Located in Turkmenistan’s Karakum Desert, the Darvaza Crater is a massive human-made sinkhole leaking burning methane gas for decades. It has been said it was intentionally set alight by Soviet authorities, hoping it would burn off in few weeks. But no one knows for sure.
In 2013, explorer George Kourounis set out on an expedition to study the crater’s dynamics for National Geographic. However, background information was hard to find. “If you go the internet and do kind o research, you’ll hear that the crater formed in 1971 and was lit almost immediately by Soviet geologist, “ says George.
George met with two local Turkmen geologists who told a different story. They say that the crater was formed in the late 1960s. And was gurgling with gas and mud for quite a few years and wasn’t actually ignited until the 1980s.
Gas, oil, and natural resources during soviet times were considered strategic and top secret. And it’s also a reflection of how they worked in Soviet times.
Historian Dr. Jeromin Perovic: „It seems that really nobody was interested in making this a big deal. Because at that time, you had report successes, not failures. So if people on the ground – the locals – they did something wrong, nobody was interested in that being reported.”
One theory is that the Soviets used a flaring technique, a common practice in natural gas extraction, in which excess gas intentionally burned for safety and financial reasons.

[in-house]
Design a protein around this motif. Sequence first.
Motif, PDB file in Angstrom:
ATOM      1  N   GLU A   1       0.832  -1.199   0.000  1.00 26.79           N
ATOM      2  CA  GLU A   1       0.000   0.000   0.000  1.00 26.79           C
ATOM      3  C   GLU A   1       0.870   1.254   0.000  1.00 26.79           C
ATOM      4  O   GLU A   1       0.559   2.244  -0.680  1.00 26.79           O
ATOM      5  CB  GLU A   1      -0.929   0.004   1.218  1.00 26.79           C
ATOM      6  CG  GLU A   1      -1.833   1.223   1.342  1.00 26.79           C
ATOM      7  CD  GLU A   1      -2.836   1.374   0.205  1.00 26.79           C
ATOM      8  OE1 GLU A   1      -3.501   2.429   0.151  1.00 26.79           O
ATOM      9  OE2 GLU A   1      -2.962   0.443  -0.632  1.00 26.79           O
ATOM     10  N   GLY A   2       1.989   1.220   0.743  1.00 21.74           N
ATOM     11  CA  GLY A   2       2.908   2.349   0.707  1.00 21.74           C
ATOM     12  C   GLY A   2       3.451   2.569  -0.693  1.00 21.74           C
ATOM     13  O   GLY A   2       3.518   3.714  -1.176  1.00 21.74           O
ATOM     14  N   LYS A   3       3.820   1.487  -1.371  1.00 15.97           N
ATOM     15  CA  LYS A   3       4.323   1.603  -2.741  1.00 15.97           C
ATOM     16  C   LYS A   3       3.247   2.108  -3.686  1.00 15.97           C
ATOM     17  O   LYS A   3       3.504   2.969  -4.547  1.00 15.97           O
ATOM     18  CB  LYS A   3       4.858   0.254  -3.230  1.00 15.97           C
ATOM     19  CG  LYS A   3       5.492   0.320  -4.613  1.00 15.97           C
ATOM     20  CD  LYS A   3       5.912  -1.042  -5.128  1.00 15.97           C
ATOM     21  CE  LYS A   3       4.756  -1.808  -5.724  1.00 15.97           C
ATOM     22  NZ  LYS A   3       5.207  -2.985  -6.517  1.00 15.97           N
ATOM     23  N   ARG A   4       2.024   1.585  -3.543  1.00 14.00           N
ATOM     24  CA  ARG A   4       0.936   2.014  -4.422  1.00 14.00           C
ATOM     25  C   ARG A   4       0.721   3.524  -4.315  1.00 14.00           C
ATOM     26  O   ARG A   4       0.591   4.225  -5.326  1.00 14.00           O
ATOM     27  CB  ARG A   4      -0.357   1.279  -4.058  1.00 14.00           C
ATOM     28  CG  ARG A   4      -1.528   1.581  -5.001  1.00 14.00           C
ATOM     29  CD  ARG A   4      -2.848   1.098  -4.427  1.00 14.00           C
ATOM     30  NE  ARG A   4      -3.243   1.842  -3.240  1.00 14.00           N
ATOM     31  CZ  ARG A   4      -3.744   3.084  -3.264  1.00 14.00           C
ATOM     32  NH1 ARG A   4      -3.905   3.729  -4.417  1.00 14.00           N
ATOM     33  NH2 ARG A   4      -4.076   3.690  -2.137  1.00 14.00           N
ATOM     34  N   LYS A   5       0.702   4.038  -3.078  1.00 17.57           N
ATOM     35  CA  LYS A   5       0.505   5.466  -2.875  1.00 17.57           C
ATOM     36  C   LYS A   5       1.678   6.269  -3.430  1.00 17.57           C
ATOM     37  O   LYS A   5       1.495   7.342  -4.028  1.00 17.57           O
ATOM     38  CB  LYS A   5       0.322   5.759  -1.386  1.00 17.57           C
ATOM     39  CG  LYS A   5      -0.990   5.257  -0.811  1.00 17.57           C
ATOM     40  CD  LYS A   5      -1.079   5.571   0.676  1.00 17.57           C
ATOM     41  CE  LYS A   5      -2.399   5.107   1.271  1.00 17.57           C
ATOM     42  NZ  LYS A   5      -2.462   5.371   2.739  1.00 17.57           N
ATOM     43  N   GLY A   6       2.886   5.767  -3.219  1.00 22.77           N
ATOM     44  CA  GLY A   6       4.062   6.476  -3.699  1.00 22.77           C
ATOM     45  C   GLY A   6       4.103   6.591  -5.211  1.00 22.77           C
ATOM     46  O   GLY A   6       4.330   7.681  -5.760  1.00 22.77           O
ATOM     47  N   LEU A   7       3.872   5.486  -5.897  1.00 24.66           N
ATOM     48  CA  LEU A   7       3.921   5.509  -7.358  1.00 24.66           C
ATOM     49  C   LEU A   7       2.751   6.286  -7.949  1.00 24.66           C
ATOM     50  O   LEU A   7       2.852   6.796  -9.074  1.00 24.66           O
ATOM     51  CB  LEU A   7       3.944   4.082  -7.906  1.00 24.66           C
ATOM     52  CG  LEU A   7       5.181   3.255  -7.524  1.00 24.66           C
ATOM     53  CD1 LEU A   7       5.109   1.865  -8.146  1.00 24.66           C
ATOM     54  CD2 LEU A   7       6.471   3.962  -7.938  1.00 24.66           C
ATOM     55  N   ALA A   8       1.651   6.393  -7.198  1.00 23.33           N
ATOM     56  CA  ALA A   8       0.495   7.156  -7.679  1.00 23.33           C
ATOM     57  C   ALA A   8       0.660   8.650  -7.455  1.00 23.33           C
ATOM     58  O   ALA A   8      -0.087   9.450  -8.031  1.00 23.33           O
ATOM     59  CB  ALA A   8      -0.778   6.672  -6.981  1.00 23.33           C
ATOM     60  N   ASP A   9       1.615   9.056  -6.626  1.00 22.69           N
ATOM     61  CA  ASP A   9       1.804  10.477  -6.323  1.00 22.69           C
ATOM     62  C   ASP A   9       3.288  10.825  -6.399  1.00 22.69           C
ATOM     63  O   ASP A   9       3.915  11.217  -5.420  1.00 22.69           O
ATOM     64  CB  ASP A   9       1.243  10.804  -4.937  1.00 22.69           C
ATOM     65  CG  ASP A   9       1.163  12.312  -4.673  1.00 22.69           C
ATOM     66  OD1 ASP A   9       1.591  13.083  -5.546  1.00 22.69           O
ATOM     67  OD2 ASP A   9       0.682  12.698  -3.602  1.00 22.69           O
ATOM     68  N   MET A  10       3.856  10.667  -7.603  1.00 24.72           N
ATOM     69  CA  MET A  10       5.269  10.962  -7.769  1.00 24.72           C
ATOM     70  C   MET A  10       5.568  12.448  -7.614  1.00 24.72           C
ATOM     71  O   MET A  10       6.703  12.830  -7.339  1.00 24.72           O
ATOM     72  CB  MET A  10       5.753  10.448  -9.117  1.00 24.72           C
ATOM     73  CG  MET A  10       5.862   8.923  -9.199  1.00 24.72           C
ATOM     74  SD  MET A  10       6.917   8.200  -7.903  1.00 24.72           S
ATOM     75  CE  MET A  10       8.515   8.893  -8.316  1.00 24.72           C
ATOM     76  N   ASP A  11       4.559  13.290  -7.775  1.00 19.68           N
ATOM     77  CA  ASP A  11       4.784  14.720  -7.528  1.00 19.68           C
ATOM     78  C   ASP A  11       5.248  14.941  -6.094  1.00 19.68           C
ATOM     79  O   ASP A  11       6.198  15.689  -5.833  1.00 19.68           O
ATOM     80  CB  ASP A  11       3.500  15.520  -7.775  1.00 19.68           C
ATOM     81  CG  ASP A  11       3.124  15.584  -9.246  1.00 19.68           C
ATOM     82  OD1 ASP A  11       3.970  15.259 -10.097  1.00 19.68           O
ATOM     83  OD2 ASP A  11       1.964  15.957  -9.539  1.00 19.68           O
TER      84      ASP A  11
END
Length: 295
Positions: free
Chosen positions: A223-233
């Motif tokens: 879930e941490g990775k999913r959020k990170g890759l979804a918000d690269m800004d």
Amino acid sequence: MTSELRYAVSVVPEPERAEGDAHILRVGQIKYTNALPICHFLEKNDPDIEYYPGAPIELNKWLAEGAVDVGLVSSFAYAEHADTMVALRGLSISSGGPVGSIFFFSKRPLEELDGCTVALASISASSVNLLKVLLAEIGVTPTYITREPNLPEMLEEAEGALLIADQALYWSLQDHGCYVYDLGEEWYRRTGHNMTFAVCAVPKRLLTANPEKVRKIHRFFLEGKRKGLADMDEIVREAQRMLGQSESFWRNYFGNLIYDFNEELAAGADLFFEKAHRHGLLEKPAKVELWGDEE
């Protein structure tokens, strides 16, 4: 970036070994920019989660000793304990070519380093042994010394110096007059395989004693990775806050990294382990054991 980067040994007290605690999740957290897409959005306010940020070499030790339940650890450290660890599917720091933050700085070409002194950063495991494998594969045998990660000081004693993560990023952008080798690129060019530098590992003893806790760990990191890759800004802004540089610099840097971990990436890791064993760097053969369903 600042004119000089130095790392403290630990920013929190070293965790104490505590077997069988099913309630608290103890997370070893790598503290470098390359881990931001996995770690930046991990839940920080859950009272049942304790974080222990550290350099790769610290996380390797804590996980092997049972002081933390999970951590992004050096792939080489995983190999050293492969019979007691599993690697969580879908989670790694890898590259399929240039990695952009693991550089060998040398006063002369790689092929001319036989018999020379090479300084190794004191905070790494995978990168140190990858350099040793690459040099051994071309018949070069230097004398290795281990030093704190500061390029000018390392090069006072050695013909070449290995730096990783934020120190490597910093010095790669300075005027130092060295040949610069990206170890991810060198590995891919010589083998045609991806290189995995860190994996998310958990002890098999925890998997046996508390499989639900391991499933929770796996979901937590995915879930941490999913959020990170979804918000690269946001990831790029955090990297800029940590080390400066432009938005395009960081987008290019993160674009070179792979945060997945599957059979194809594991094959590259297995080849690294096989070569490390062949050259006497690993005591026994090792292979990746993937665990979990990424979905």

By the end of the 80s, the Sovie Union produced 700 billion cubic meters of gas per year. When they were flaring 15 – 16 billion cubic meters of gas per year, this is four times the gas that Switzerland uses every year, but it’s nothing for them.
“So, rather than giving this a lot of thought, and trying to use it more rationally or putting gas to the pipeline, which requires the building of infrastructure, they would burn it. Unfortunately, this problém has not been solved until today,” says Petrovic.
Leaking Gas Risks
Having an uncontrolled release of methane is incredibly dangerous. If they’re constantly burning it off, then it’s not accumulating into a particular area. Otherwise, every once in a while, it would have just created a huge explosion. From an environmental perspective, it’s an uncontrolled release of greenhouse gas into the atmosphere.
Turkmen authorities had discussed extinguishing the crater. However, they changed their minds and now use it to promote tourism. While Turkmenistan only sees 6,000 tourists per year, the crater’s murky history and mesmerizing glow keep it a draw for adventures.